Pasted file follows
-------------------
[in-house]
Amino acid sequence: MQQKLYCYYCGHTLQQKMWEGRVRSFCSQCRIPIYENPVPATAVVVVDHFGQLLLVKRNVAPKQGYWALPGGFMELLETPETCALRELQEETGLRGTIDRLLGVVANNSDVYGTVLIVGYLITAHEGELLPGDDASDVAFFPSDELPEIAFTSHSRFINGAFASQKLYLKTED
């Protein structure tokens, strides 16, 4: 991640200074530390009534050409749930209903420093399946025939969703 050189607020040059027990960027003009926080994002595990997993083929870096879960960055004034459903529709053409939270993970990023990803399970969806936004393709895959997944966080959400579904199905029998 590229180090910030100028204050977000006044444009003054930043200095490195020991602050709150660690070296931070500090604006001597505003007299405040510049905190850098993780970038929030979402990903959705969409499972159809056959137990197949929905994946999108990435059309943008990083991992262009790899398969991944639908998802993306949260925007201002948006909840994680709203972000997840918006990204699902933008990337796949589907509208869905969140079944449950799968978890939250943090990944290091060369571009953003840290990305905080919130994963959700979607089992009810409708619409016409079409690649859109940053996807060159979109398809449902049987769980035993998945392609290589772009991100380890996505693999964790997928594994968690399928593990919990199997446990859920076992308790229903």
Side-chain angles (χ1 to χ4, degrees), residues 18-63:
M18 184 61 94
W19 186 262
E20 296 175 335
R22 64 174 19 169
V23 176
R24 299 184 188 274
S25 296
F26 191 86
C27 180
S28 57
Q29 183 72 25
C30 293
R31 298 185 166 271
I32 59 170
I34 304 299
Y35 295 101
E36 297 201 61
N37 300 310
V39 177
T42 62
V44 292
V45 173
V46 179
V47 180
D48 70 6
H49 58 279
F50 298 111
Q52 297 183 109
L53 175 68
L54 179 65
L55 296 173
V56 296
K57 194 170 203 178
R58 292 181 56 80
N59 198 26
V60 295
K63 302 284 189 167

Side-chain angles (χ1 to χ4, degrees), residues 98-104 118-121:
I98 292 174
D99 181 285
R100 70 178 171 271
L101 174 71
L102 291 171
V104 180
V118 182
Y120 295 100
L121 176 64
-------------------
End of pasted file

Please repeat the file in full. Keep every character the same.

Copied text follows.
[in-house]
Amino acid sequence: MQQKLYCYYCGHTLQQKMWEGRVRSFCSQCRIPIYENPVPATAVVVVDHFGQLLLVKRNVAPKQGYWALPGGFMELLETPETCALRELQEETGLRGTIDRLLGVVANNSDVYGTVLIVGYLITAHEGELLPGDDASDVAFFPSDELPEIAFTSHSRFINGAFASQKLYLKTED
């Protein structure tokens, strides 16, 4: 991640200074530390009534050409749930209903420093399946025939969703 050189607020040059027990960027003009926080994002595990997993083929870096879960960055004034459903529709053409939270993970990023990803399970969806936004393709895959997944966080959400579904199905029998 590229180090910030100028204050977000006044444009003054930043200095490195020991602050709150660690070296931070500090604006001597505003007299405040510049905190850098993780970038929030979402990903959705969409499972159809056959137990197949929905994946999108990435059309943008990083991992262009790899398969991944639908998802993306949260925007201002948006909840994680709203972000997840918006990204699902933008990337796949589907509208869905969140079944449950799968978890939250943090990944290091060369571009953003840290990305905080919130994963959700979607089992009810409708619409016409079409690649859109940053996807060159979109398809449902049987769980035993998945392609290589772009991100380890996505693999964790997928594994968690399928593990919990199997446990859920076992308790229903």
Side-chain angles (χ1 to χ4, degrees), residues 18-63:
M18 184 61 94
W19 186 262
E20 296 175 335
R22 64 174 19 169
V23 176
R24 299 184 188 274
S25 296
F26 191 86
C27 180
S28 57
Q29 183 72 25
C30 293
R31 298 185 166 271
I32 59 170
I34 304 299
Y35 295 101
E36 297 201 61
N37 300 310
V39 177
T42 62
V44 292
V45 173
V46 179
V47 180
D48 70 6
H49 58 279
F50 298 111
Q52 297 183 109
L53 175 68
L54 179 65
L55 296 173
V56 296
K57 194 170 203 178
R58 292 181 56 80
N59 198 26
V60 295
K63 302 284 189 167

Side-chain angles (χ1 to χ4, degrees), residues 98-104 118-121:
I98 292 174
D99 181 285
R100 70 178 171 271
L101 174 71
L102 291 171
V104 180
V118 182
Y120 295 100
L121 176 64